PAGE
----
HPRC Researcher Study Evaluates Tobacco Cessation During Head and Neck Cancer Treatment
Published: Thursday, September 1, 2022
OKLAHOMA CITY -- Dr. Lurdes Queimado, a researcher at the TSET Health Promotion Research Center and director of the Center’s Tobacco Regulatory Science Laboratory, recently published a breakthrough study on tobacco cessation in Oral Oncology. The study titled, “Tobacco cessation after head and neck cancer diagnosis is an independent predictor of treatment response and long-term survival,” can be read in its entirety here.
Queimado’s recently-published research indicated that for head and neck cancer patients who were smokers at the time of diagnosis, chemotherapy and radiotherapy were four times more effective at completely eliminating the cancer for those who quit smoking prior to treatment than for those who continued smoking during treatment. Study participants included only patients who were actively smoking at the time of diagnosis.
For those who quit smoking following cancer diagnosis but prior to undergoing therapy, a significant increase in therapy response and a decrease in cancer recurrence was observed compared to those who continued smoking during therapy. Furthermore, disease-free survival and long-term survival were significantly increased in those who quit smoking prior to undergoing therapy. These patients received follow up for up to 12 years.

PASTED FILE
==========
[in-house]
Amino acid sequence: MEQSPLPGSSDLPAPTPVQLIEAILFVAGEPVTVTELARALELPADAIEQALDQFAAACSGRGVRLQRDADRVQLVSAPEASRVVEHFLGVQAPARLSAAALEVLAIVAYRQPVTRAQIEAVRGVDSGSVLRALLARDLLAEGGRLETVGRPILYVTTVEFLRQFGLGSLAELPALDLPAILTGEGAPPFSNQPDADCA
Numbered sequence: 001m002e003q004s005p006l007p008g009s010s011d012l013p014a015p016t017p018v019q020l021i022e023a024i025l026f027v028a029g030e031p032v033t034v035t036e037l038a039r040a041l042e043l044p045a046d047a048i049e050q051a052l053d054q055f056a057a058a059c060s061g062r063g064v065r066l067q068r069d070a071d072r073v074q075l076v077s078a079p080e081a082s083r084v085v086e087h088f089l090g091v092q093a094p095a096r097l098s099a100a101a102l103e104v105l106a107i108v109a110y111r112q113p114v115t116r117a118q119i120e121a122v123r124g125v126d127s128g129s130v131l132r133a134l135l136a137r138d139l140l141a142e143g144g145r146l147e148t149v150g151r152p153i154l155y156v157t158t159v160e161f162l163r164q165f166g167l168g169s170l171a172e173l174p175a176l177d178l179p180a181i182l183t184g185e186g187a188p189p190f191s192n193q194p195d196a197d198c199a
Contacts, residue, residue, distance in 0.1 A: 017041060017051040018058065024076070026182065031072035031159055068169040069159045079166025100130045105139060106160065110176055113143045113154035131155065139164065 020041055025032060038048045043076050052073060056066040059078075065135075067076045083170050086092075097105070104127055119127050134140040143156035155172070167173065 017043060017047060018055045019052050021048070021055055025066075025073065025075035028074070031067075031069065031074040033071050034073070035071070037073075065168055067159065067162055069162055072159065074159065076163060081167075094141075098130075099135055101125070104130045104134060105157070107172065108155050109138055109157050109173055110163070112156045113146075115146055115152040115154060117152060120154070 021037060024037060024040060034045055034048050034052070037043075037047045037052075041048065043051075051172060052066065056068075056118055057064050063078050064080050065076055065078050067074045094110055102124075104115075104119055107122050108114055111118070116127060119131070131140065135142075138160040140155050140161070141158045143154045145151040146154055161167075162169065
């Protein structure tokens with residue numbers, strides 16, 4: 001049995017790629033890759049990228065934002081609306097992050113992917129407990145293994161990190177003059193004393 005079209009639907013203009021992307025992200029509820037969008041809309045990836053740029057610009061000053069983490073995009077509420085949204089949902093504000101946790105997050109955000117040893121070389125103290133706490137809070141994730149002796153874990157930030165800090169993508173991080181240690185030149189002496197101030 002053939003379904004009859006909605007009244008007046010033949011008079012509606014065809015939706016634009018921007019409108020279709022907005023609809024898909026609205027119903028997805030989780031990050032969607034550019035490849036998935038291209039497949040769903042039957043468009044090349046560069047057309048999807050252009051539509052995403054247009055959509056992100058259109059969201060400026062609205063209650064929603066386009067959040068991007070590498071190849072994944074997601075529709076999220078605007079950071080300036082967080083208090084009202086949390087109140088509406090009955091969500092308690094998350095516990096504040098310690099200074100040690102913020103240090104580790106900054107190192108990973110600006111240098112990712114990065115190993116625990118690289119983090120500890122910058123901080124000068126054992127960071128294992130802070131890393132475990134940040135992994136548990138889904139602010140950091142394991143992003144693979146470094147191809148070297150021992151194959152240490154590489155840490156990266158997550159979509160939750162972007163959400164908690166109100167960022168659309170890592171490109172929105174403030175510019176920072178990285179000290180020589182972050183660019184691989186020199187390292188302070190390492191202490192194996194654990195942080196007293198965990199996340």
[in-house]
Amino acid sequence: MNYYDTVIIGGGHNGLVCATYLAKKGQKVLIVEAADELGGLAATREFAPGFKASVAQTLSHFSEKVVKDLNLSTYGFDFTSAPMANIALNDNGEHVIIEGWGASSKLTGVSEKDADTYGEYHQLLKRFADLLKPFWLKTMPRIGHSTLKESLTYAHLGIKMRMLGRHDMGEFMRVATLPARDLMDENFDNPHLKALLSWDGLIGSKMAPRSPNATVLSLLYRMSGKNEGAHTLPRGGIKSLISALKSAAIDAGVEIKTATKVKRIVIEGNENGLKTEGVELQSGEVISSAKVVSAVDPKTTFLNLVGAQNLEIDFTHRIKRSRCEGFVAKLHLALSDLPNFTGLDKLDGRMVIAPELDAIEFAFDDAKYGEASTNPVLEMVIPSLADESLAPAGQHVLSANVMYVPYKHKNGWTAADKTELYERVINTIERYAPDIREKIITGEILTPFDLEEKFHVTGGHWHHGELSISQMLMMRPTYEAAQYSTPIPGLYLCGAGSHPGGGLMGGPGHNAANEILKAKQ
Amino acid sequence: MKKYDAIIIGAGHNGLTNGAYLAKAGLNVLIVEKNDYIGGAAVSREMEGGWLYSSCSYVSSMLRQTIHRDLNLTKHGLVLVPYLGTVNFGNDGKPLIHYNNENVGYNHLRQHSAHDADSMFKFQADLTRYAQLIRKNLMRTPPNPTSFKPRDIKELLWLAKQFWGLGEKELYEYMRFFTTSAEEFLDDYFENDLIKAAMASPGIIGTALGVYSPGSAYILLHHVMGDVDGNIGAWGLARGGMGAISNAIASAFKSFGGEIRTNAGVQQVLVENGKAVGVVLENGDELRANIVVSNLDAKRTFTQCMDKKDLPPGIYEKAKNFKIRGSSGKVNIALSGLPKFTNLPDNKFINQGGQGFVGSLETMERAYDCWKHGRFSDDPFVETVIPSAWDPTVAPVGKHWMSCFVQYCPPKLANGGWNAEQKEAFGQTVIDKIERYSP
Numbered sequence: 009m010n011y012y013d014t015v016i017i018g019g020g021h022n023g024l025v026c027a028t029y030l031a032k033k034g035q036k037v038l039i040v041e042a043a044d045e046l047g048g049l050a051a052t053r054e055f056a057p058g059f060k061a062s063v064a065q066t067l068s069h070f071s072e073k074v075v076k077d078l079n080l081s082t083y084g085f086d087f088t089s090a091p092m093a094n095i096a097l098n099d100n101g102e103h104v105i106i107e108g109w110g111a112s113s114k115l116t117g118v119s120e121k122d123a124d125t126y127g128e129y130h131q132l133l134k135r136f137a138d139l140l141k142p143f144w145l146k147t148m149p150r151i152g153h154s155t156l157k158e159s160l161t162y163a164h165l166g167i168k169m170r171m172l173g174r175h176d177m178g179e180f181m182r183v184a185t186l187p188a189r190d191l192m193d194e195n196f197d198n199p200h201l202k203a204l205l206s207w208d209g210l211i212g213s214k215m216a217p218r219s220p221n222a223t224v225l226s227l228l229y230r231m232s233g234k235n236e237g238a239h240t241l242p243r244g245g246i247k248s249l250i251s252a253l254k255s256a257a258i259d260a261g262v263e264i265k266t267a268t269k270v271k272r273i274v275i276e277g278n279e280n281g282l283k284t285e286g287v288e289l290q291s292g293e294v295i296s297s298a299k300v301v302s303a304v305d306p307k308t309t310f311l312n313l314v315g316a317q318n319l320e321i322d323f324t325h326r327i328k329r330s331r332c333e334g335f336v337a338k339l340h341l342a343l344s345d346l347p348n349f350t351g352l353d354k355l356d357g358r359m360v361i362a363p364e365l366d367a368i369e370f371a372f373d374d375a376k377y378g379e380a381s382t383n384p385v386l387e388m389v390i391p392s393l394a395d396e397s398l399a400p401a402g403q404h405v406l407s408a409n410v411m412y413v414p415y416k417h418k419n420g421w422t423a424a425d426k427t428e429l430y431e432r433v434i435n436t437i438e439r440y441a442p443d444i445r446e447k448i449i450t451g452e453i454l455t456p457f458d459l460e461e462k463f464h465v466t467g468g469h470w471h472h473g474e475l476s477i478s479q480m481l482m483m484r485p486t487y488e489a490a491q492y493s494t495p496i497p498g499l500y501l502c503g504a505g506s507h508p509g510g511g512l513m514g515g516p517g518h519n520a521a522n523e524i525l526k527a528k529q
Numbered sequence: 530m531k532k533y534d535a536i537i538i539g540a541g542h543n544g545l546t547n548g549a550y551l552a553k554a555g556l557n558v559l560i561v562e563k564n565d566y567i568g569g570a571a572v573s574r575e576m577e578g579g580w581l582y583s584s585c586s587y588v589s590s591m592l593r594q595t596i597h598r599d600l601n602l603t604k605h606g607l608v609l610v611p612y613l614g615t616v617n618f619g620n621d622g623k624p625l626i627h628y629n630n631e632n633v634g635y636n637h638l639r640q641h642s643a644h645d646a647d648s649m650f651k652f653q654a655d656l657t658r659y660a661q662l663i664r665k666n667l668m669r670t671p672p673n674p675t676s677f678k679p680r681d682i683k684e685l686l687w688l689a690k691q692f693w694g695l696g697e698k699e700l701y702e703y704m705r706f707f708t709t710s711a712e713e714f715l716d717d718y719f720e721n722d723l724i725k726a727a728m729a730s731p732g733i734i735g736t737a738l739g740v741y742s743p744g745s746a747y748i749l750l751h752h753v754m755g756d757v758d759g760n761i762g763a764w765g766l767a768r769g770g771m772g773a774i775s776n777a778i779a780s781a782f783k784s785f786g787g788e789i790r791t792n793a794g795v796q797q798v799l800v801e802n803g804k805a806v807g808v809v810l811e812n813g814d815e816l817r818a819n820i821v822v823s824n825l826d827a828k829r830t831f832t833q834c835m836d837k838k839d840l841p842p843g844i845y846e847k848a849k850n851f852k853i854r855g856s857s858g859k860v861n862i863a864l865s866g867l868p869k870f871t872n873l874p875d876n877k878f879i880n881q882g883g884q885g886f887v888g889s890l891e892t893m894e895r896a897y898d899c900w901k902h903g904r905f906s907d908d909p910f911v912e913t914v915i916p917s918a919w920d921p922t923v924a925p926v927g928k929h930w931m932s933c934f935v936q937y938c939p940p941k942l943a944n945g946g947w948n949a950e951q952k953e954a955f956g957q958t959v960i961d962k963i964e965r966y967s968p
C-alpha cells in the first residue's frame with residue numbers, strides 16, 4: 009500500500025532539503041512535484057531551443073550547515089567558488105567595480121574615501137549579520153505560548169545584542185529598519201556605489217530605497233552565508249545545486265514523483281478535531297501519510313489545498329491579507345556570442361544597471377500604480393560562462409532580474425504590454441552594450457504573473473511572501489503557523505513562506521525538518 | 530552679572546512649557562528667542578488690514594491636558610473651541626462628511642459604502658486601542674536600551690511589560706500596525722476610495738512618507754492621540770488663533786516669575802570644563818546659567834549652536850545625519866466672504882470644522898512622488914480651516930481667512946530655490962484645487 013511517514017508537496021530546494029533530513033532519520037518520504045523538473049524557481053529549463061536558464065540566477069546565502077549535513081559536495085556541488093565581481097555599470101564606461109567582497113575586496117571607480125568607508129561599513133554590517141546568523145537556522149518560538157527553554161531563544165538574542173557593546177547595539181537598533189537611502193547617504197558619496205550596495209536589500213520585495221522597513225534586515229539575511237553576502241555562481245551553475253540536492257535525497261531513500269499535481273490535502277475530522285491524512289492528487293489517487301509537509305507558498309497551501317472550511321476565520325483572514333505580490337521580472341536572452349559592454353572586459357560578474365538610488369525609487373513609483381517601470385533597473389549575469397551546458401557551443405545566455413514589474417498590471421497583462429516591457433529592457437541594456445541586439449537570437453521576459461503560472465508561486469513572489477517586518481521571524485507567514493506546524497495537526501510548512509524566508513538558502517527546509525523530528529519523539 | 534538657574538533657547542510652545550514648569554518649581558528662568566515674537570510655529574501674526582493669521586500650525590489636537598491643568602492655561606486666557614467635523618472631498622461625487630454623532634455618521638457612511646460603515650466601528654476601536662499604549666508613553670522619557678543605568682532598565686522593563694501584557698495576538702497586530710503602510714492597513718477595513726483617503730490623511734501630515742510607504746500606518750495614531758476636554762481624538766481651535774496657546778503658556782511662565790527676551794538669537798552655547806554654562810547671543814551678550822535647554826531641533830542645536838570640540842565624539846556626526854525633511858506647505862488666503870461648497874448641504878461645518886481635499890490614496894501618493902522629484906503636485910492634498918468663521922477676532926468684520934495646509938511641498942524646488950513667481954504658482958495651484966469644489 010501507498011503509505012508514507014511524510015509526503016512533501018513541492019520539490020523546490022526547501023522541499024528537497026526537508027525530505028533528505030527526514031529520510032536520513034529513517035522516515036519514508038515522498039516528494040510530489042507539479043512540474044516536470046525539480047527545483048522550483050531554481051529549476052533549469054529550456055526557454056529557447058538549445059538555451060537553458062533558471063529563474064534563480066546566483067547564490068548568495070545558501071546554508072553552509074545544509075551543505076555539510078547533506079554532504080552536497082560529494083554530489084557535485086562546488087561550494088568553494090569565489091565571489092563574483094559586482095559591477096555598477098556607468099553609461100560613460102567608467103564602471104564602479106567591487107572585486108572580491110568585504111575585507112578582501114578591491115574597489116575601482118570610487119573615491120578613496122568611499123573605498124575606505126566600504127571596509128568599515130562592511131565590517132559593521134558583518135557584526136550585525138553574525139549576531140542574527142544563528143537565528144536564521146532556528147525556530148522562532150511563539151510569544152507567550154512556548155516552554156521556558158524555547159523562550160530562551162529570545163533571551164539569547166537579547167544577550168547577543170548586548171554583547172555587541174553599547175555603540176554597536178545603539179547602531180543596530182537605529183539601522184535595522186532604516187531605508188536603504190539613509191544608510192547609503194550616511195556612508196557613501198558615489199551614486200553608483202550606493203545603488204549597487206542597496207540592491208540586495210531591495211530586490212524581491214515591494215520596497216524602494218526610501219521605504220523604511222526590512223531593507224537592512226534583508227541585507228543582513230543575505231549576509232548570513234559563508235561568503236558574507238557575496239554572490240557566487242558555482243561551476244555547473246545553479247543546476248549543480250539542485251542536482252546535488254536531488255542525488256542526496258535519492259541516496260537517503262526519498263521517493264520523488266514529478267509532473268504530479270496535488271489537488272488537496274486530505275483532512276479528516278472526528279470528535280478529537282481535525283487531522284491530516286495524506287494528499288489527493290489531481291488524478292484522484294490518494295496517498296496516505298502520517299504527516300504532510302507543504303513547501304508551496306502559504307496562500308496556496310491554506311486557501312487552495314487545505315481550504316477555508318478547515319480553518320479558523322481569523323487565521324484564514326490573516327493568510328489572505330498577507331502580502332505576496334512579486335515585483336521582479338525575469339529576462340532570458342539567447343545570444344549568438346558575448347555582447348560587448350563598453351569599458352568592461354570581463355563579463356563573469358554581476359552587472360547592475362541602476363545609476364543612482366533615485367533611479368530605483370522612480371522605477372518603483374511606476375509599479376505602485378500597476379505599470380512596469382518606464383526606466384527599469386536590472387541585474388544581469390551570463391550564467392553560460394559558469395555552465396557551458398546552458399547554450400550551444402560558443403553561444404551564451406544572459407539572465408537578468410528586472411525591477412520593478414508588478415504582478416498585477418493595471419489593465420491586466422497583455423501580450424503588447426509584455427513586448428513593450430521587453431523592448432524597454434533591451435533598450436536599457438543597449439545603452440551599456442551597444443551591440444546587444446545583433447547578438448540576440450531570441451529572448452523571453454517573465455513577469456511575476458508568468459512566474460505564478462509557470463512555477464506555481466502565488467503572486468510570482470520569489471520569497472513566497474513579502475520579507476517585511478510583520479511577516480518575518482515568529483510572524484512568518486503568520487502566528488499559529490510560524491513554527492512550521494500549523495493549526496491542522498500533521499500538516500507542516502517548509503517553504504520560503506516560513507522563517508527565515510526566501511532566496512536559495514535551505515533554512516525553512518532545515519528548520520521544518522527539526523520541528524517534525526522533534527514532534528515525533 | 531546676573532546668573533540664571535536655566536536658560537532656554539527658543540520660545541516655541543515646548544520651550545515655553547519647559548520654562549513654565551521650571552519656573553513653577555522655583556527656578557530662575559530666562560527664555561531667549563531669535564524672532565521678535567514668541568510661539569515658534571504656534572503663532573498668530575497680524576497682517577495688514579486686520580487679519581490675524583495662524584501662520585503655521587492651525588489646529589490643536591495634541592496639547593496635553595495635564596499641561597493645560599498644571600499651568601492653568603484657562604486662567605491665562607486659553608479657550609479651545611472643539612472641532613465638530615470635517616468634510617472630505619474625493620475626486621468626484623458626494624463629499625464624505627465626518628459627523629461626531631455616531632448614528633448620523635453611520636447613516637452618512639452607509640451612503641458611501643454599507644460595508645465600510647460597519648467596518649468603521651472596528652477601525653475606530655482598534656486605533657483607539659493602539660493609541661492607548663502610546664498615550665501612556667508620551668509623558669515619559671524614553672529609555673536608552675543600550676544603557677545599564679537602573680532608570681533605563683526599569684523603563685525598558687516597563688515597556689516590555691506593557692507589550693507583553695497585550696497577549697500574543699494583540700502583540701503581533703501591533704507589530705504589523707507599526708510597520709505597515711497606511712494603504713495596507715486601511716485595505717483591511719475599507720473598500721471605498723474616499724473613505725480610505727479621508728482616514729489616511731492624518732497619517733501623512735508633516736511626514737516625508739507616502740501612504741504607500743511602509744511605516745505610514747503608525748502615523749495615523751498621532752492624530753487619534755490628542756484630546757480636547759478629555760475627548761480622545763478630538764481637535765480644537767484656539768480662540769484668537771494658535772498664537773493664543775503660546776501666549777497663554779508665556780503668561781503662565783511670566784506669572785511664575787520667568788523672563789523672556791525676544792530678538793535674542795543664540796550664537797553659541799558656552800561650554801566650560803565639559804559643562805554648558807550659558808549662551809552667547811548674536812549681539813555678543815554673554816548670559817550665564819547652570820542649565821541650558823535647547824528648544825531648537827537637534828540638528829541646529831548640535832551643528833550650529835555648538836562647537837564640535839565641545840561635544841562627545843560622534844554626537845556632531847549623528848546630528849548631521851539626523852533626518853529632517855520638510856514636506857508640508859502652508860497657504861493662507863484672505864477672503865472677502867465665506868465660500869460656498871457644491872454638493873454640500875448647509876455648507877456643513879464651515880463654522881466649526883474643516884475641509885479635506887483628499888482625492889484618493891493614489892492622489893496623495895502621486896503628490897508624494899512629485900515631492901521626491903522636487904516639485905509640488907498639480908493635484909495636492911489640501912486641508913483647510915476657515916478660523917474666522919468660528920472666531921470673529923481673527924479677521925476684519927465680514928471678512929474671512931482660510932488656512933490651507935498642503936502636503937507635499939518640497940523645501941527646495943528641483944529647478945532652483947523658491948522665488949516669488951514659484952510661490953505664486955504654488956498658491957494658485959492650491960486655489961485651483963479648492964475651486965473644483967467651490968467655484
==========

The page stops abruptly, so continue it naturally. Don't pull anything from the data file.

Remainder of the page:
Currently, studies show that more than 55% of cancer patients continue smoking after diagnosis. This study demonstrates that smoking cessation after head and neck cancer diagnosis is critical to increasing the likelihood of complete remission and long-term survival. Moreover, study findings provide healthcare providers with supporting data to encourage patients to quit smoking or at the very least to stop smoking during cancer therapy.
Study findings indicate that there is a need to further develop programs and policies that incorporate tobacco cessation programs into cancer treatment plans. Queimado and Dr. Darla Kendzor, researcher and HPRC co-director, plan to pursue additional funding from the National Cancer Institute in an effort to expand upon this very important research.
This research was primarily supported by NIH National Cancer Institute grants (R33CA202898 and R01CA242168). Additional support was provided by an Oklahoma Center for Advancement of Science and Technology award (HR16-007), an Oklahoma Tobacco Settlement Endowment Trust contract (R23-02), and the OU Health Stephenson Cancer Center via an NCI Cancer Center Support Grant (P30CA225520). The University of Oklahoma is an Equal Opportunity Institution.